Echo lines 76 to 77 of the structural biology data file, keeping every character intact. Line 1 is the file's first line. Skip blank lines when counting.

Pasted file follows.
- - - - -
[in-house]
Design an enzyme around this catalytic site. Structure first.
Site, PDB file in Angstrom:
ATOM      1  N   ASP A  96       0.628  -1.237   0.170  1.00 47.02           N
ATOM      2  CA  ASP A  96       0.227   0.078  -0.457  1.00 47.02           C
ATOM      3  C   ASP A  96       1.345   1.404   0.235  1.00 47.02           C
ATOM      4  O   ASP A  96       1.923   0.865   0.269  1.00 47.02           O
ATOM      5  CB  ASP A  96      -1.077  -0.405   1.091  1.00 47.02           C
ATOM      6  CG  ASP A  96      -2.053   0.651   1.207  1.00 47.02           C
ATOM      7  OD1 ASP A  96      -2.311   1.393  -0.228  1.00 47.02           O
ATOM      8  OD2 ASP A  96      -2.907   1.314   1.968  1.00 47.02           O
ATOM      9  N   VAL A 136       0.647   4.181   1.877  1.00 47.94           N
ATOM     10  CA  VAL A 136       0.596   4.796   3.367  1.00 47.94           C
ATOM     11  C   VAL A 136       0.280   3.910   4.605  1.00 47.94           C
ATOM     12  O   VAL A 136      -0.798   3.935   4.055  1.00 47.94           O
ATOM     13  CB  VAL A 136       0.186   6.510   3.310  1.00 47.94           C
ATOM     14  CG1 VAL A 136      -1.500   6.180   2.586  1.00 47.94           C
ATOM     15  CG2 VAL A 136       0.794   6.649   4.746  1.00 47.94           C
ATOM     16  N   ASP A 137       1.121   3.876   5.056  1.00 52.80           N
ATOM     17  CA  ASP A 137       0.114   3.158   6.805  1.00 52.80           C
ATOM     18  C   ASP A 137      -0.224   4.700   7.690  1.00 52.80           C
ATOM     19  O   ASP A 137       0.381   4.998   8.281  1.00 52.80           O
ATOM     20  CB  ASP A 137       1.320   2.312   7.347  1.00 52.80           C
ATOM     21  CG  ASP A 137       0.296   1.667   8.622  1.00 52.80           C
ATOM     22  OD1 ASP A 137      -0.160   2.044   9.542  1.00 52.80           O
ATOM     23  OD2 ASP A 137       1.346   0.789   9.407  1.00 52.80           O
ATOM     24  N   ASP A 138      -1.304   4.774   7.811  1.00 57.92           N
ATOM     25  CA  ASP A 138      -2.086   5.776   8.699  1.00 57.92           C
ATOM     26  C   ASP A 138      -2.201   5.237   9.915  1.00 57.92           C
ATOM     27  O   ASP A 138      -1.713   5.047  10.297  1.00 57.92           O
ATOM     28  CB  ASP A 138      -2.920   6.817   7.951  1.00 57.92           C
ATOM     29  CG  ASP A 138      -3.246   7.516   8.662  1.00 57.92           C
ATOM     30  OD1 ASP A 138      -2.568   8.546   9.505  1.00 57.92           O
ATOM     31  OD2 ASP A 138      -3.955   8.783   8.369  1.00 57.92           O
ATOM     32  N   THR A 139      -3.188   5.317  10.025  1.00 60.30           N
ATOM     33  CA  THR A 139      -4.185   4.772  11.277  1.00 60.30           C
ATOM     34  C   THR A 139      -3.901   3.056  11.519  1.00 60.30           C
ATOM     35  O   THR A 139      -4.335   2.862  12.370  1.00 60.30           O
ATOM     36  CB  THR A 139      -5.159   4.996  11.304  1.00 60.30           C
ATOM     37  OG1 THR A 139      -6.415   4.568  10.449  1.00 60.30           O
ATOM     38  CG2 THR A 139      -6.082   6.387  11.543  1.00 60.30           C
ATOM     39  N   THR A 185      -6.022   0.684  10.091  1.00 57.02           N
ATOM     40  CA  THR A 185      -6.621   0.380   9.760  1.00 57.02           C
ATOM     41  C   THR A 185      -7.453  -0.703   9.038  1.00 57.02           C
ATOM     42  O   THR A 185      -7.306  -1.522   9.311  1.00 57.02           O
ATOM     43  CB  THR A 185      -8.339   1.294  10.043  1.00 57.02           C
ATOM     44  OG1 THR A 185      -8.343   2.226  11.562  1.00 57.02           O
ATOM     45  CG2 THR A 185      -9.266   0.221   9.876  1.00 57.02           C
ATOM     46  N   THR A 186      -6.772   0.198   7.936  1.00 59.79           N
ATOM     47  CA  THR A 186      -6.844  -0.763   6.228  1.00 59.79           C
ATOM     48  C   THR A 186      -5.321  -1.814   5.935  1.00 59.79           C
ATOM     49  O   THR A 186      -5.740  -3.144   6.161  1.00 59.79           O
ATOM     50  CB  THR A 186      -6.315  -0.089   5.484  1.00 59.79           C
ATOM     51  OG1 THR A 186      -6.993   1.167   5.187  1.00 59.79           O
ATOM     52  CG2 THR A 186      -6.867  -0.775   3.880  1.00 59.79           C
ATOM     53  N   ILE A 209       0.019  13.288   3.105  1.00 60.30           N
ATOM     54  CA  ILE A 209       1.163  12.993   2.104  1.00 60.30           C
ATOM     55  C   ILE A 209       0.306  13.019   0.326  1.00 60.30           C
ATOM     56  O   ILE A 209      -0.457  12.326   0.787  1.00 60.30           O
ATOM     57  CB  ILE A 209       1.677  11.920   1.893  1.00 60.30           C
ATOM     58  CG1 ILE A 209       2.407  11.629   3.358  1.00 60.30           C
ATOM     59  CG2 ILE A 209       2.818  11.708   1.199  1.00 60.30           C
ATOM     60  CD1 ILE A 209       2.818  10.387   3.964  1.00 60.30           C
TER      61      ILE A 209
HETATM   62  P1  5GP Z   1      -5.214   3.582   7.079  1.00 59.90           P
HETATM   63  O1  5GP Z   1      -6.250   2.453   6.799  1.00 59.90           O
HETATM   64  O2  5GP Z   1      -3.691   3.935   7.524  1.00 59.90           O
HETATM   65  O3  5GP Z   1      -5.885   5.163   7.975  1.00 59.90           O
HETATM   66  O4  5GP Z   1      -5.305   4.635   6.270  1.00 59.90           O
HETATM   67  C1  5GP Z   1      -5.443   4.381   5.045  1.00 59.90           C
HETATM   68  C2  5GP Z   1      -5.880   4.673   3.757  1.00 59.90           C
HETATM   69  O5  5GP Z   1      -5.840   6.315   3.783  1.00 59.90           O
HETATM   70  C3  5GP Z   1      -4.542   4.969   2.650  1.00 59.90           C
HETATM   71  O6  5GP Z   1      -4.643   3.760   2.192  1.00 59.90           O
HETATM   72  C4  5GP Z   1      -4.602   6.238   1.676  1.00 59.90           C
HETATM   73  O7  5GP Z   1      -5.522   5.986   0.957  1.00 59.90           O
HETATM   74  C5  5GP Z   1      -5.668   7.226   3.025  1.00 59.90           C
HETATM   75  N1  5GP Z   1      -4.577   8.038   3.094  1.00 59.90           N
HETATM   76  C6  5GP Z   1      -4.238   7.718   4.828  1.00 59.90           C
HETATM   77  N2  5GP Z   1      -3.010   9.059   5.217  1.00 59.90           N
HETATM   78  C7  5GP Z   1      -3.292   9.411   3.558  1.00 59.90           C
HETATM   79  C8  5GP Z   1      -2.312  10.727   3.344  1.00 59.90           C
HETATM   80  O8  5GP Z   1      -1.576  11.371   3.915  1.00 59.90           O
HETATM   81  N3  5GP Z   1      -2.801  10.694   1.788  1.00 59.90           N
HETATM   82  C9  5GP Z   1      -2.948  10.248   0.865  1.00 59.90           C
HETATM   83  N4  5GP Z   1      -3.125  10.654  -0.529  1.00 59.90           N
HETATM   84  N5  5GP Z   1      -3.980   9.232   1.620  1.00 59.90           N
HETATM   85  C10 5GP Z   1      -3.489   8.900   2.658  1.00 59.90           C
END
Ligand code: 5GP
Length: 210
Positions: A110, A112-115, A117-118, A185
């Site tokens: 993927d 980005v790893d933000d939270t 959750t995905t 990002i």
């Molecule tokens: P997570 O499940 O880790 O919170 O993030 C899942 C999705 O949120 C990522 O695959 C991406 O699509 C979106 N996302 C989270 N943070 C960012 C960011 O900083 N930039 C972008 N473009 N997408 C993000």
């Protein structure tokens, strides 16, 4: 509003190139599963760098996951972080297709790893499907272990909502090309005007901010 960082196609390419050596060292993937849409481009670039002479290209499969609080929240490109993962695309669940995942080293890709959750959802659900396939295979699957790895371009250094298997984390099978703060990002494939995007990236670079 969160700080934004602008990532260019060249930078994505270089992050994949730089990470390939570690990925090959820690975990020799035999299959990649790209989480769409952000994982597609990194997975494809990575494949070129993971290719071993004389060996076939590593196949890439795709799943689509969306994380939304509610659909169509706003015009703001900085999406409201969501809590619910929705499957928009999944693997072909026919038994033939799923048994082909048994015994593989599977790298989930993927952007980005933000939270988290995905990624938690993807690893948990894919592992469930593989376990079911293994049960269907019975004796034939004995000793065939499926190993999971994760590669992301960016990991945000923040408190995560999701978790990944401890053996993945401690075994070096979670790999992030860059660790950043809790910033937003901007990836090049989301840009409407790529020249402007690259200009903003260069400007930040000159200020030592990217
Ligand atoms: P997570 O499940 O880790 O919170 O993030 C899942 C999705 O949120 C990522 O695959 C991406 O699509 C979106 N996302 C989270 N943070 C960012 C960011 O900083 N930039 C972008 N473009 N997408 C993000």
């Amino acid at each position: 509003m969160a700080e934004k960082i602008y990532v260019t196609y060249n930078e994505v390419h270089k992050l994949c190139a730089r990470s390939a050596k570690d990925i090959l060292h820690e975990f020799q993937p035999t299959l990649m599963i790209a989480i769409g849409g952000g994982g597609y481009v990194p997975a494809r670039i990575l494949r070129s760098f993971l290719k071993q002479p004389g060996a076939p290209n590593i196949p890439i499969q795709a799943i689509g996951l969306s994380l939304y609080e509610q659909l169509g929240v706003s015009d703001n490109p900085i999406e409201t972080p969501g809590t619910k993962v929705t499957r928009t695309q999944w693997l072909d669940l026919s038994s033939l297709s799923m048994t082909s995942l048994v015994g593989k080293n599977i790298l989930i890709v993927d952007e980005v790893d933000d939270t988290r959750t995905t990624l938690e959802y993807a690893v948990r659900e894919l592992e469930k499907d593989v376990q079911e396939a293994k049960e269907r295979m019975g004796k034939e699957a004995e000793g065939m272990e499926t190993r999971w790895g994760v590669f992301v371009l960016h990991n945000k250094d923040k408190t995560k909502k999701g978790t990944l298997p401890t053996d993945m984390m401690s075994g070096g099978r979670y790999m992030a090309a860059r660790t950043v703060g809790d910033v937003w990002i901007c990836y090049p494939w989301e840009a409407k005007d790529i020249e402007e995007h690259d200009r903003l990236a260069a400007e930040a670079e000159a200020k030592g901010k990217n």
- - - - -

HETATM   73  O7  5GP Z   1      -5.522   5.986   0.957  1.00 59.90           O
HETATM   74  C5  5GP Z   1      -5.668   7.226   3.025  1.00 59.90           C